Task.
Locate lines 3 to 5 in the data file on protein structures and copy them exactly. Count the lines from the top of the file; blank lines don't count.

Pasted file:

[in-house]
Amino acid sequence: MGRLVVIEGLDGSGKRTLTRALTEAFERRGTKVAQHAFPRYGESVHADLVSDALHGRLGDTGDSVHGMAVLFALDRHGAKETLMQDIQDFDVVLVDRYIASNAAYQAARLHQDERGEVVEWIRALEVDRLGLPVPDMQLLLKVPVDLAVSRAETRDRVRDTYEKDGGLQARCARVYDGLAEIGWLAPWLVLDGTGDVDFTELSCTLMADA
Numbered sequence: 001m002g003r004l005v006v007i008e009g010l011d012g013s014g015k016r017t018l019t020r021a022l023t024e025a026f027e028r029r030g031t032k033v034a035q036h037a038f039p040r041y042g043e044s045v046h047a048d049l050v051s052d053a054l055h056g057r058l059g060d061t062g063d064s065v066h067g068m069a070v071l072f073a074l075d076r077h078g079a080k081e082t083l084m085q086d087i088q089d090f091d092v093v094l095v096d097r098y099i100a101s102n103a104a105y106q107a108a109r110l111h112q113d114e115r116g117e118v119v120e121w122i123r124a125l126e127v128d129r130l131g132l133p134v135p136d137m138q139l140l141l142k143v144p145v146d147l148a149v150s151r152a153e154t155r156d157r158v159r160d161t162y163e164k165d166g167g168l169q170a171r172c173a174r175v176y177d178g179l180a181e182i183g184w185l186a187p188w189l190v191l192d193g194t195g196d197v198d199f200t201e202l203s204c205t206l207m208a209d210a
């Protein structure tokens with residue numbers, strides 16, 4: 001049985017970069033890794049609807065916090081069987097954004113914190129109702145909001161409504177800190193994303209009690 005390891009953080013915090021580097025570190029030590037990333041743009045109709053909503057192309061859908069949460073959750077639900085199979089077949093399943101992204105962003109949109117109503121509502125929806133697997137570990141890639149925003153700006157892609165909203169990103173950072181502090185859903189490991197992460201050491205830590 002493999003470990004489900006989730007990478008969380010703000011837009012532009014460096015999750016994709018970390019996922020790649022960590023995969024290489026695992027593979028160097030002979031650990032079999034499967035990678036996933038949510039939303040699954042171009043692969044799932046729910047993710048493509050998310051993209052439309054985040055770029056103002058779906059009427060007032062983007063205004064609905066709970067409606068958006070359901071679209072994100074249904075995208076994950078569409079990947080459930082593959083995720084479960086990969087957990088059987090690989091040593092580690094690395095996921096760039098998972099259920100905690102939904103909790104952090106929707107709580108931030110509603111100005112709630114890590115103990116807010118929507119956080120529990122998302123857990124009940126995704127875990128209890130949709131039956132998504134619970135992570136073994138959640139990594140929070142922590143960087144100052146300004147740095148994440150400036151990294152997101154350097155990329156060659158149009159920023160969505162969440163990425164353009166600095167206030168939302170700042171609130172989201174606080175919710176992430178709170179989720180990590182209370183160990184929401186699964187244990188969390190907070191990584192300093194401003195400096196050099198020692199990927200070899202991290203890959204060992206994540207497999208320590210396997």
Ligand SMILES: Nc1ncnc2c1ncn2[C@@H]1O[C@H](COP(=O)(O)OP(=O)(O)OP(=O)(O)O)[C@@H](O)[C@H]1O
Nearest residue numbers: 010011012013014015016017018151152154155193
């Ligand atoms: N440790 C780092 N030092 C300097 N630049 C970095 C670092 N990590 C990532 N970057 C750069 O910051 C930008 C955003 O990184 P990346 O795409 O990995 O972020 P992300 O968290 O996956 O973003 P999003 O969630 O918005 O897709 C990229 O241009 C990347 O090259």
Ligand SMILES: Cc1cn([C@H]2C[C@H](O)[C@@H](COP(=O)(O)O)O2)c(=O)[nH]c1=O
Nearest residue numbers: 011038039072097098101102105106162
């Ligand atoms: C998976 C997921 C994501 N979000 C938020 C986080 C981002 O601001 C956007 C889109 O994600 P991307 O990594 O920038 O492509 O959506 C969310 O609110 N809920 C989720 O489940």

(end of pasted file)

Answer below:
Numbered sequence: 001m002g003r004l005v006v007i008e009g010l011d012g013s014g015k016r017t018l019t020r021a022l023t024e025a026f027e028r029r030g031t032k033v034a035q036h037a038f039p040r041y042g043e044s045v046h047a048d049l050v051s052d053a054l055h056g057r058l059g060d061t062g063d064s065v066h067g068m069a070v071l072f073a074l075d076r077h078g079a080k081e082t083l084m085q086d087i088q089d090f091d092v093v094l095v096d097r098y099i100a101s102n103a104a105y106q107a108a109r110l111h112q113d114e115r116g117e118v119v120e121w122i123r124a125l126e127v128d129r130l131g132l133p134v135p136d137m138q139l140l141l142k143v144p145v146d147l148a149v150s151r152a153e154t155r156d157r158v159r160d161t162y163e164k165d166g167g168l169q170a171r172c173a174r175v176y177d178g179l180a181e182i183g184w185l186a187p188w189l190v191l192d193g194t195g196d197v198d199f200t201e202l203s204c205t206l207m208a209d210a
């Protein structure tokens with residue numbers, strides 16, 4: 001049985017970069033890794049609807065916090081069987097954004113914190129109702145909001161409504177800190193994303209009690 005390891009953080013915090021580097025570190029030590037990333041743009045109709053909503057192309061859908069949460073959750077639900085199979089077949093399943101992204105962003109949109117109503121509502125929806133697997137570990141890639149925003153700006157892609165909203169990103173950072181502090185859903189490991197992460201050491205830590 002493999003470990004489900006989730007990478008969380010703000011837009012532009014460096015999750016994709018970390019996922020790649022960590023995969024290489026695992027593979028160097030002979031650990032079999034499967035990678036996933038949510039939303040699954042171009043692969044799932046729910047993710048493509050998310051993209052439309054985040055770029056103002058779906059009427060007032062983007063205004064609905066709970067409606068958006070359901071679209072994100074249904075995208076994950078569409079990947080459930082593959083995720084479960086990969087957990088059987090690989091040593092580690094690395095996921096760039098998972099259920100905690102939904103909790104952090106929707107709580108931030110509603111100005112709630114890590115103990116807010118929507119956080120529990122998302123857990124009940126995704127875990128209890130949709131039956132998504134619970135992570136073994138959640139990594140929070142922590143960087144100052146300004147740095148994440150400036151990294152997101154350097155990329156060659158149009159920023160969505162969440163990425164353009166600095167206030168939302170700042171609130172989201174606080175919710176992430178709170179989720180990590182209370183160990184929401186699964187244990188969390190907070191990584192300093194401003195400096196050099198020692199990927200070899202991290203890959204060992206994540207497999208320590210396997």
Ligand SMILES: Nc1ncnc2c1ncn2[C@@H]1O[C@H](COP(=O)(O)OP(=O)(O)OP(=O)(O)O)[C@@H](O)[C@H]1O